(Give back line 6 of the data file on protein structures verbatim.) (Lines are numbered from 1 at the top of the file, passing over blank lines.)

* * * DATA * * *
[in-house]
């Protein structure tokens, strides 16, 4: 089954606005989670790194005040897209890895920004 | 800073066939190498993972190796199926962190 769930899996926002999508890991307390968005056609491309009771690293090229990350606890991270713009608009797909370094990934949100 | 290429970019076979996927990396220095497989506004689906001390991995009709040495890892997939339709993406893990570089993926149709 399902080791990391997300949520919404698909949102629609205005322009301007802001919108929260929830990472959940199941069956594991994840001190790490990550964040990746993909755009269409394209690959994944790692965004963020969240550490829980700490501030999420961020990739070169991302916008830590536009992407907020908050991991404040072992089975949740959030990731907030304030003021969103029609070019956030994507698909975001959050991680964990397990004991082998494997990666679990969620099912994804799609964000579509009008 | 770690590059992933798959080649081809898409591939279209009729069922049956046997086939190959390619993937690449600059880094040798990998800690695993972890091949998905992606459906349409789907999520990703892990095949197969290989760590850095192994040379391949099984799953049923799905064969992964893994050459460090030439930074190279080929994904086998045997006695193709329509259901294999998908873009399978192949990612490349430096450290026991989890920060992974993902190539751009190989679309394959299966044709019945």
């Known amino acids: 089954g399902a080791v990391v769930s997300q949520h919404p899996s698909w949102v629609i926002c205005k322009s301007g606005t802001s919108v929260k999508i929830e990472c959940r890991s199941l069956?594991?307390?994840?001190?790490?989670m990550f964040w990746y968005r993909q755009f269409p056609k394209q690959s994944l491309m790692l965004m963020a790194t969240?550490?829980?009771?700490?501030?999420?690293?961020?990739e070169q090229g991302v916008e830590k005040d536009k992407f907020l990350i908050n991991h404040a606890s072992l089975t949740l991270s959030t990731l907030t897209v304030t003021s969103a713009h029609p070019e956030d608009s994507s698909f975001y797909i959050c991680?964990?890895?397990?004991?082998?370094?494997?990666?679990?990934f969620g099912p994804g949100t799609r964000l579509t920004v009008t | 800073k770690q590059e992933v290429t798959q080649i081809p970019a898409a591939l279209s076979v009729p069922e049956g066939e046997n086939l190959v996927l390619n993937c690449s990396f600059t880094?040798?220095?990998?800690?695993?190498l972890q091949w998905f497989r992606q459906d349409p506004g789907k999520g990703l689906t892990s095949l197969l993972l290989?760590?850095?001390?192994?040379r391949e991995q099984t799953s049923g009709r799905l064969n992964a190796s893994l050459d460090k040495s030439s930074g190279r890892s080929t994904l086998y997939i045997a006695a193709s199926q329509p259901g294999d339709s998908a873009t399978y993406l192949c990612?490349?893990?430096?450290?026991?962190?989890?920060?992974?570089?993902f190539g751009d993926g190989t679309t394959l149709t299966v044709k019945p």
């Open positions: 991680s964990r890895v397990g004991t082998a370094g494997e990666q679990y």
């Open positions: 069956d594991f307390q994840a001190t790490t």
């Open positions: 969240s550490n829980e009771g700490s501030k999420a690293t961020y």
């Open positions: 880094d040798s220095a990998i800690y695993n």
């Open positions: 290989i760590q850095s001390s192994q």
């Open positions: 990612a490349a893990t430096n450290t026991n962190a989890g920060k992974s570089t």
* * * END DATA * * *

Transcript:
């Open positions: 969240s550490n829980e009771g700490s501030k999420a690293t961020y």